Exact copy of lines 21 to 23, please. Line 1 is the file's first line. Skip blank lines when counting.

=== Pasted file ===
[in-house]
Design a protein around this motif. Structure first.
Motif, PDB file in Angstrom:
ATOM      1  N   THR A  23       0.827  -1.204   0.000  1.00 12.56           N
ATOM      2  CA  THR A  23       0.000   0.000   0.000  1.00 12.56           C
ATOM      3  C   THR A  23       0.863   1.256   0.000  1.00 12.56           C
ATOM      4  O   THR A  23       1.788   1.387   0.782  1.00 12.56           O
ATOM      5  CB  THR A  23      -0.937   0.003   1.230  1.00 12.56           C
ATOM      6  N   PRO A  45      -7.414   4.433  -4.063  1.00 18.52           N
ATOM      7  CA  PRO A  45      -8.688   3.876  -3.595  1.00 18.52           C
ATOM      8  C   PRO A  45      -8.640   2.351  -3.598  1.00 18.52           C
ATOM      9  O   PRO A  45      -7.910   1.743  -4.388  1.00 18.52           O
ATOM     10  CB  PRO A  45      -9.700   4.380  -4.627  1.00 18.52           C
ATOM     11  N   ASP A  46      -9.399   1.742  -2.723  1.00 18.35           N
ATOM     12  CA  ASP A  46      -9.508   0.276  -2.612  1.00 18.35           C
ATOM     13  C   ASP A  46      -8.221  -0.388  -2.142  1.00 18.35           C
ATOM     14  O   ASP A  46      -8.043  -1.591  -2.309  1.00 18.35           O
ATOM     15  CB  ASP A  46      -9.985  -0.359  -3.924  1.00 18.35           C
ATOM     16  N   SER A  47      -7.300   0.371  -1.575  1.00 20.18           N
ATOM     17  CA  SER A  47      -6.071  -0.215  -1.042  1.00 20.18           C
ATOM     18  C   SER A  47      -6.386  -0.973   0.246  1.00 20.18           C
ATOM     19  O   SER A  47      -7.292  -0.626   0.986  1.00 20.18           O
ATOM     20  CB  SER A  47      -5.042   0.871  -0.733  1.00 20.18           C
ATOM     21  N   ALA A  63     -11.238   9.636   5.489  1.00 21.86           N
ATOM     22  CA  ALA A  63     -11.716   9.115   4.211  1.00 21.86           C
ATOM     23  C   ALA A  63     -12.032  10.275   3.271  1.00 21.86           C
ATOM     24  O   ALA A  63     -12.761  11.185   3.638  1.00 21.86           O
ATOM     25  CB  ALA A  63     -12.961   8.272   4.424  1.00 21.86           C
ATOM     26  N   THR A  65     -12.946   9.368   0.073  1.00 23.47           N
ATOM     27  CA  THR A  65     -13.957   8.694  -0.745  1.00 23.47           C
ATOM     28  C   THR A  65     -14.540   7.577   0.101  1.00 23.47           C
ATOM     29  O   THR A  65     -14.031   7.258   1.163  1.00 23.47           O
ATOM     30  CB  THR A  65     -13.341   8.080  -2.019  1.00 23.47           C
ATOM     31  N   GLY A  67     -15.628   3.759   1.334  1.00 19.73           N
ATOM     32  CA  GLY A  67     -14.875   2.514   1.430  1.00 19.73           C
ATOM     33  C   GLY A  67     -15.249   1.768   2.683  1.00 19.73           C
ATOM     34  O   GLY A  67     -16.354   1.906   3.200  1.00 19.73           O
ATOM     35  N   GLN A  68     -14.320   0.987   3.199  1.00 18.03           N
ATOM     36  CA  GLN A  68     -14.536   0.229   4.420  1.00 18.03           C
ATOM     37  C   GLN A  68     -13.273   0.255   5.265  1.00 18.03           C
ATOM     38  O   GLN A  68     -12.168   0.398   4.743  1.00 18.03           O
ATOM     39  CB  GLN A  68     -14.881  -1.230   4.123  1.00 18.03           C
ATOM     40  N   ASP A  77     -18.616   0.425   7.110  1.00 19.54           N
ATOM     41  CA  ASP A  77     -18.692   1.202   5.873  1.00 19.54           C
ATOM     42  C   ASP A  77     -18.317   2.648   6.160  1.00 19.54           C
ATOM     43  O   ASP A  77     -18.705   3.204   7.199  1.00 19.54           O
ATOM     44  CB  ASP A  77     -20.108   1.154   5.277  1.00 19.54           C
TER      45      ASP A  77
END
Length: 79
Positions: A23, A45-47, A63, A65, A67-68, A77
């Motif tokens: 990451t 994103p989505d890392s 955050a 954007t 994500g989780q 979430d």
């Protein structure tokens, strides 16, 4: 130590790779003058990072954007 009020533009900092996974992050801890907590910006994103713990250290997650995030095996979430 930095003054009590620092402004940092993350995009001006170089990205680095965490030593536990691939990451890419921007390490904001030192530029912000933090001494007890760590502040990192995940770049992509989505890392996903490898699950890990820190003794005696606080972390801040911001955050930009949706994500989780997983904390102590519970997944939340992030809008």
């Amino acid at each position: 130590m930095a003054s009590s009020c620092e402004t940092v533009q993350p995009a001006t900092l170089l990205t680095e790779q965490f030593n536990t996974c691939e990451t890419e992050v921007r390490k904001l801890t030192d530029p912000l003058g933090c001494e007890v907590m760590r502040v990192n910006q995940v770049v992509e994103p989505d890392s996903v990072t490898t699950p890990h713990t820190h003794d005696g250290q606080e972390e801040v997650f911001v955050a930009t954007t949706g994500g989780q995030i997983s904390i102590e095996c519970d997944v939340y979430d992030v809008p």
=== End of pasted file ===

ATOM     18  C   SER A  47      -6.386  -0.973   0.246  1.00 20.18           C
ATOM     19  O   SER A  47      -7.292  -0.626   0.986  1.00 20.18           O
ATOM     20  CB  SER A  47      -5.042   0.871  -0.733  1.00 20.18           C